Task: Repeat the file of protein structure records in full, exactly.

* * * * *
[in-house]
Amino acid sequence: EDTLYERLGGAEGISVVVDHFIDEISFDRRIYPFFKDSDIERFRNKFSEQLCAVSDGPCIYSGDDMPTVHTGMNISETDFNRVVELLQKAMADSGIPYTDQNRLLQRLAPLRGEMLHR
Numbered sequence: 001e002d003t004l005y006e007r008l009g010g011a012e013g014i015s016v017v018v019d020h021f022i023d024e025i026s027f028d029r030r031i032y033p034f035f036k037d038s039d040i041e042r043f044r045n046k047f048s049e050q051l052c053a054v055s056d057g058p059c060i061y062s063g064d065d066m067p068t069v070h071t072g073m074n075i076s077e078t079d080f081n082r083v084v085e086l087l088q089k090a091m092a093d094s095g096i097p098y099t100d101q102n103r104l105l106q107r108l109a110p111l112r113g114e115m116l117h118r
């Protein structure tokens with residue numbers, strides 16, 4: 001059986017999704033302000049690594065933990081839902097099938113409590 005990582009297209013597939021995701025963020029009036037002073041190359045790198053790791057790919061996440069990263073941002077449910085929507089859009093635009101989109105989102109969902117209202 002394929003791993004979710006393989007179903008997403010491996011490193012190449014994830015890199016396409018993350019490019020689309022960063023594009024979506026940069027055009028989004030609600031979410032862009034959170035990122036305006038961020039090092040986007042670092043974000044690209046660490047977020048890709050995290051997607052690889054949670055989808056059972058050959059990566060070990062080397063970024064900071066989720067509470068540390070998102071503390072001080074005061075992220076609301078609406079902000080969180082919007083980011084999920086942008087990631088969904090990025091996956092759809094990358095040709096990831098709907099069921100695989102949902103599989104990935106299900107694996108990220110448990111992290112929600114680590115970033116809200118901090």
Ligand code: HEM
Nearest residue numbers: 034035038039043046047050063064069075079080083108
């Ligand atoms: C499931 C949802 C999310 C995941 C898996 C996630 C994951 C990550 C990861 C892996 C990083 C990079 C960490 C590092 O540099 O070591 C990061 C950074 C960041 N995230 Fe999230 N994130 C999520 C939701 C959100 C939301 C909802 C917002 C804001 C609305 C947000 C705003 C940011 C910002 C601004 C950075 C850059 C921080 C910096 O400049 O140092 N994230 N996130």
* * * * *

[in-house]
Amino acid sequence: EDTLYERLGGAEGISVVVDHFIDEISFDRRIYPFFKDSDIERFRNKFSEQLCAVSDGPCIYSGDDMPTVHTGMNISETDFNRVVELLQKAMADSGIPYTDQNRLLQRLAPLRGEMLHR
Numbered sequence: 001e002d003t004l005y006e007r008l009g010g011a012e013g014i015s016v017v018v019d020h021f022i023d024e025i026s027f028d029r030r031i032y033p034f035f036k037d038s039d040i041e042r043f044r045n046k047f048s049e050q051l052c053a054v055s056d057g058p059c060i061y062s063g064d065d066m067p068t069v070h071t072g073m074n075i076s077e078t079d080f081n082r083v084v085e086l087l088q089k090a091m092a093d094s095g096i097p098y099t100d101q102n103r104l105l106q107r108l109a110p111l112r113g114e115m116l117h118r
């Protein structure tokens with residue numbers, strides 16, 4: 001059986017999704033302000049690594065933990081839902097099938113409590 005990582009297209013597939021995701025963020029009036037002073041190359045790198053790791057790919061996440069990263073941002077449910085929507089859009093635009101989109105989102109969902117209202 002394929003791993004979710006393989007179903008997403010491996011490193012190449014994830015890199016396409018993350019490019020689309022960063023594009024979506026940069027055009028989004030609600031979410032862009034959170035990122036305006038961020039090092040986007042670092043974000044690209046660490047977020048890709050995290051997607052690889054949670055989808056059972058050959059990566060070990062080397063970024064900071066989720067509470068540390070998102071503390072001080074005061075992220076609301078609406079902000080969180082919007083980011084999920086942008087990631088969904090990025091996956092759809094990358095040709096990831098709907099069921100695989102949902103599989104990935106299900107694996108990220110448990111992290112929600114680590115970033116809200118901090």
Ligand code: HEM
Nearest residue numbers: 034035038039043046047050063064069075079080083108
């Ligand atoms: C499931 C949802 C999310 C995941 C898996 C996630 C994951 C990550 C990861 C892996 C990083 C990079 C960490 C590092 O540099 O070591 C990061 C950074 C960041 N995230 Fe999230 N994130 C999520 C939701 C959100 C939301 C909802 C917002 C804001 C609305 C947000 C705003 C940011 C910002 C601004 C950075 C850059 C921080 C910096 O400049 O140092 N994230 N996130």